It is precisely this same issue—how similar, or how different, The Black Brunswicker should be to The Huguenot—that occupies Millais in the study on the recto, as well, evident in the changes he has made.  The figures have been inverted from the preliminary sketch, the figures taking the final position they will occupy in the painting, with the Brunswicker on the right and his lover on the left.  Furthermore, Millais has decided against the placement of a hat on the Brunswicker’s head, having him hold it in the crook of his arm instead.  Finally, and most telling, are the curved brushstrokes Millais has made in the upper-left and right corners, drawing the arched format that he had employed for The Huguenot.  And while the final form of The Black Brunswicker would be rectangular, it is significant to note that the print of the painting had the arched form.

However, although Millais is still thinking about The Black Brunswicker in relation to The Huguenot, he does so to a lesser extent.  While he has used only pencil for the drawings on the verso, hastily outlining the figures, drawing only what he needed to define the placement of forms rather than their appearance as such, he has carefully rendered the recto in pencil and ink and black chalk with a grey wash in order to model the figures and their costumes by adding shadows and tone to develop the appearance of the figures.  Carefully detailed and shaded with chalk and wash, they stand in front of a background, which itself is suggested simply by a few rapid brushstrokes, making clear that the particular emphasis of this study was the rendering of the man and woman, and not the composition as a whole.  The dress and uniform capture the bulk of Millais’s attention, his interest in the tactile surfaces of the material manifesting itself in the careful rendering of both, particularly the folds and fall of the dress.

Millais’s continued efforts to find the ideal pose for the Brunswicker (one must here recall the two details on the verso) continue in the pentimento of his arm.  Originally, the soldier’s arm had been placed slanting up against the door, but Millais then changed his mind and placed the arm in its current position, slanting down.  Since he had used black chalk to draw the arm, he had to physically scratch the black chalk off the paper.  What is really striking about the recto is Millais’s use of scratching off black chalk not only to make changes, as in the repositioning of the arm, but as an artistic technique itself.  Where drawing necessitates placing highlights first, leaving the area to be highlighted blank and then shading around it, oil painting leaves highlights for last, after the rest of the composition has been painted.  Thus, Millais, in placing black chalk on the paper and then scratching it off in order to add highlights—as in the side of the dress in which a series of white diagonal white strokes are visible, as well as in the sleeve and waist—approaches the method of painting, rather than drawing.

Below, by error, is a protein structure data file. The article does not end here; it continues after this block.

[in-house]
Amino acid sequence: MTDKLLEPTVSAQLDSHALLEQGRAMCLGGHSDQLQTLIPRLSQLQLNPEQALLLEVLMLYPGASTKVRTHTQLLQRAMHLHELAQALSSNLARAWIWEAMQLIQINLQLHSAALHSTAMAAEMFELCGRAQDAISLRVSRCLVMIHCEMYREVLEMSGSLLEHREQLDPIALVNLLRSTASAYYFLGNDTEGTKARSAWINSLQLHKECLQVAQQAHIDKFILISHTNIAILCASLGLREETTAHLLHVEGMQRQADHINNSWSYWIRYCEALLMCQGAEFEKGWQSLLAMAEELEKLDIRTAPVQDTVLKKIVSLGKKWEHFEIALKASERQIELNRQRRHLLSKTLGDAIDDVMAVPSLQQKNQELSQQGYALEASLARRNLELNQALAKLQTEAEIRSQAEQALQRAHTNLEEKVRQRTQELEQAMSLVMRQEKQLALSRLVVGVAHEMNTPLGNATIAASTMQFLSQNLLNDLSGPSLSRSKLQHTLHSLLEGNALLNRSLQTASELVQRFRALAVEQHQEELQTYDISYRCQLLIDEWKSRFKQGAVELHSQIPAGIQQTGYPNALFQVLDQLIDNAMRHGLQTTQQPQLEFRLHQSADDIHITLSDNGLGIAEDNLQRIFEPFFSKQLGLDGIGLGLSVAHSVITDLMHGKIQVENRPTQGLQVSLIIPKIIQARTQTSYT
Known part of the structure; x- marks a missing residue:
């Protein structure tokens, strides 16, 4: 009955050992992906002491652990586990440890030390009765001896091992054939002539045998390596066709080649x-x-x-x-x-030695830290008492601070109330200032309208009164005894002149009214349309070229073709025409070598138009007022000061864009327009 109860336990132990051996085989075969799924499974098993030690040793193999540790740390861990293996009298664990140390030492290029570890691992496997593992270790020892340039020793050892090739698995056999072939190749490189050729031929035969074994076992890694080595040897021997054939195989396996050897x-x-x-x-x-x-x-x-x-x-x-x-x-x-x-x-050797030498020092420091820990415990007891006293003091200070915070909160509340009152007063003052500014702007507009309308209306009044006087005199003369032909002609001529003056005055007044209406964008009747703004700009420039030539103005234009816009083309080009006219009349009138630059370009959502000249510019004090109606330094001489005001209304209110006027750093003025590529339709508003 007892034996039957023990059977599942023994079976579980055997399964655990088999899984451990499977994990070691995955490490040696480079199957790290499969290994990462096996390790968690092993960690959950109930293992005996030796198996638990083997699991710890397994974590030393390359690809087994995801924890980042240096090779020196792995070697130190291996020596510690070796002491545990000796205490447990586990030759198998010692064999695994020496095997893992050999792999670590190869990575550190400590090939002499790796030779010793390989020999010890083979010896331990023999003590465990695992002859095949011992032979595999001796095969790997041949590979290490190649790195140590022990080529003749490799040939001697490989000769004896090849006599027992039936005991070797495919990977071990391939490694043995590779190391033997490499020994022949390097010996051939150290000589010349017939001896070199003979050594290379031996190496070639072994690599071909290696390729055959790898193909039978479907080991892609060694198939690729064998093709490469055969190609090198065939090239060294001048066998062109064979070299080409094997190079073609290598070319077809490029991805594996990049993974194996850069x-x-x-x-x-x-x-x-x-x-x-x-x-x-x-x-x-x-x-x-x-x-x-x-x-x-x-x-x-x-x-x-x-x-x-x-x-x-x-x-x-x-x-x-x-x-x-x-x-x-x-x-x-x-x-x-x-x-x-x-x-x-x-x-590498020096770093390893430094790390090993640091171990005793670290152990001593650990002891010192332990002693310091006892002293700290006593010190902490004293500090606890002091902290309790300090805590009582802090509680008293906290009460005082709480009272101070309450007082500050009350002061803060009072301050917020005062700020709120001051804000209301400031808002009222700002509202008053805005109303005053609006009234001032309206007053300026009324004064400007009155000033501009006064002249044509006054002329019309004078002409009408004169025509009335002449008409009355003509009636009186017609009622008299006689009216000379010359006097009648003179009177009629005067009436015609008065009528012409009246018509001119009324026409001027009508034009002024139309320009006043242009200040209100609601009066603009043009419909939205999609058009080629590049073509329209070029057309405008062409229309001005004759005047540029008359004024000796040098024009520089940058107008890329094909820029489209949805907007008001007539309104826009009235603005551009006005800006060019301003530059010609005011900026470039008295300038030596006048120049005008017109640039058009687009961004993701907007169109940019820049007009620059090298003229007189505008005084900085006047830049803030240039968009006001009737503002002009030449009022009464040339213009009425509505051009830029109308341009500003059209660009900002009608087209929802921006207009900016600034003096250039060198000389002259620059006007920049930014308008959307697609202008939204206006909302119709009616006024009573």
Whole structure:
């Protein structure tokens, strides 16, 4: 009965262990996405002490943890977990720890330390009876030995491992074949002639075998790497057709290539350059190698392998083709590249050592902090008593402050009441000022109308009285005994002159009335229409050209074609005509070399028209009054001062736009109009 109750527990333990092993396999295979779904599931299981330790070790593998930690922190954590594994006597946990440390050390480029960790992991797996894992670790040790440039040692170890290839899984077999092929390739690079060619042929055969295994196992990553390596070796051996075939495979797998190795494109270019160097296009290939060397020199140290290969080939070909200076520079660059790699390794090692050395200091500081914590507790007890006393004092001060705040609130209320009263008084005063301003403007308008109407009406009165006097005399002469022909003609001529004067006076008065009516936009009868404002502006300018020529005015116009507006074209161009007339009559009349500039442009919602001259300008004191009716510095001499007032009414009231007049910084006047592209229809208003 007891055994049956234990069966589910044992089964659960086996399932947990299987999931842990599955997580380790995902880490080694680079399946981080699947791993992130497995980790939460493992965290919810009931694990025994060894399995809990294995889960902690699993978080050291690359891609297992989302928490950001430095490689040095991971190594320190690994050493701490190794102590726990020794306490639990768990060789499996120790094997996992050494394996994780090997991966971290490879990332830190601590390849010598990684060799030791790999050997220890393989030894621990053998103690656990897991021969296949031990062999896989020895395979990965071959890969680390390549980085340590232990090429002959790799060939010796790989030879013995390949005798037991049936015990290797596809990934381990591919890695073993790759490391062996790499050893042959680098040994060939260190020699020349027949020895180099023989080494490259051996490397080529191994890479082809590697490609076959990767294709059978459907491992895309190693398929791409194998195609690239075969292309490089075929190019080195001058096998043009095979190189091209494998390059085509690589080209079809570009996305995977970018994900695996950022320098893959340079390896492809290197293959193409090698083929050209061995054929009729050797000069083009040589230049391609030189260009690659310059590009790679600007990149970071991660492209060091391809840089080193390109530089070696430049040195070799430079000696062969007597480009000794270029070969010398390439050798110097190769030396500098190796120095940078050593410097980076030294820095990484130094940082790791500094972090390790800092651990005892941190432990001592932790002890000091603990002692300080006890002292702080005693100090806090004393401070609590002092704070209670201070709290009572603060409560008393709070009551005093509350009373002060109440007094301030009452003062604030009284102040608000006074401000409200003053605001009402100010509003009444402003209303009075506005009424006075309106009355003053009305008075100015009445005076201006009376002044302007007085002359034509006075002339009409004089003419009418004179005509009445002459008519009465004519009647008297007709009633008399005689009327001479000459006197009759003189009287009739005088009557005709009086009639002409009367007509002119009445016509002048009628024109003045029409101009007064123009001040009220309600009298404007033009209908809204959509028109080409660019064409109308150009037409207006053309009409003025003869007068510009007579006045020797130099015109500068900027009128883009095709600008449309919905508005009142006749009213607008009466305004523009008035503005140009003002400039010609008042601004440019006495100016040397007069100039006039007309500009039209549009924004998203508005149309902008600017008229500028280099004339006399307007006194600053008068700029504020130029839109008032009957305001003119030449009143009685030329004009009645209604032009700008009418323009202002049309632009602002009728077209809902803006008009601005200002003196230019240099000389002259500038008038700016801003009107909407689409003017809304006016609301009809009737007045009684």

[i] Millais had already painted the garden wall in the background with the intention of adding two lovers in front to illustrate a line from Tennyson’s “Circumstance,” “Two Lovers whispering by a Garden Wall.:  However, when he shared this idea with his friend and fellow Pre-Raphaelite, William Holman Hunt, Hunt criticized the subject as trite and lacking interest.  He recommended that Millais be “engaged on a picture with the dramatis personae actuated by generous thought of a larger world,” and it was then that Millais decided upon the Les Huguenots for his new subject.  See William Holman Hunt, Pre-Raphaelitism and the Pre-Raphaelite Brotherhood, vol. 1 (London: Macmillan & Co., 1905), 283-90

[ii] The Times, which had been so scathing in its reviews of Millais’s earlier Pre-Raphaelite work, was also appreciative of this work: Mr. Millais has unquestionably moved the public to interest as well as to curiousity; and, though we still smile at his puerilities, we recognize with pleasure in his works an earnest will and an increasing power of execution: we hope to see him cured of his singularities, and in turn he will gradually educate the public to appreciate his merit and to reward his perseverance.” 14 May 1852, Times. Quoted in Patricia Bradshaw Gamon, “ ‘Millais’ Luck’ ”: A Pre-Raphaelite’s Quest for Success in the Victorian Painting and Print Market, 1848-1863,” vol. 1, (Ph.D. diss., Stanford University, 1999), 159.  Part of the popularity of this painting could also be due to the growing anti-Catholic and anti-French sentiment, resulting from concerns that Napoleon III was planning an invasion of England.  Ibid, 152.

[iii] John Everett Millais to Effie Millais, 17 May 1859, in John Guille Millais, The Life and Letters of Sir John Everett Millais, vol. 1 (New York: Frederick A. Stokes, 1899), 348.

[iv] John Everett Millais to Effie Millais, 18 November 1859, in John Guille Millais 350.

[v] Ibid.

[vi] Laurel Bradley, “ ‘Millais, Our Popular Painter,’ ” John Everett Millais: Beyond the Pre-Raphaelite Brotherhood, ed. Debra N. Mancoff (New Haven: Yale University Press, 2001), 186.

Isabel Suchanek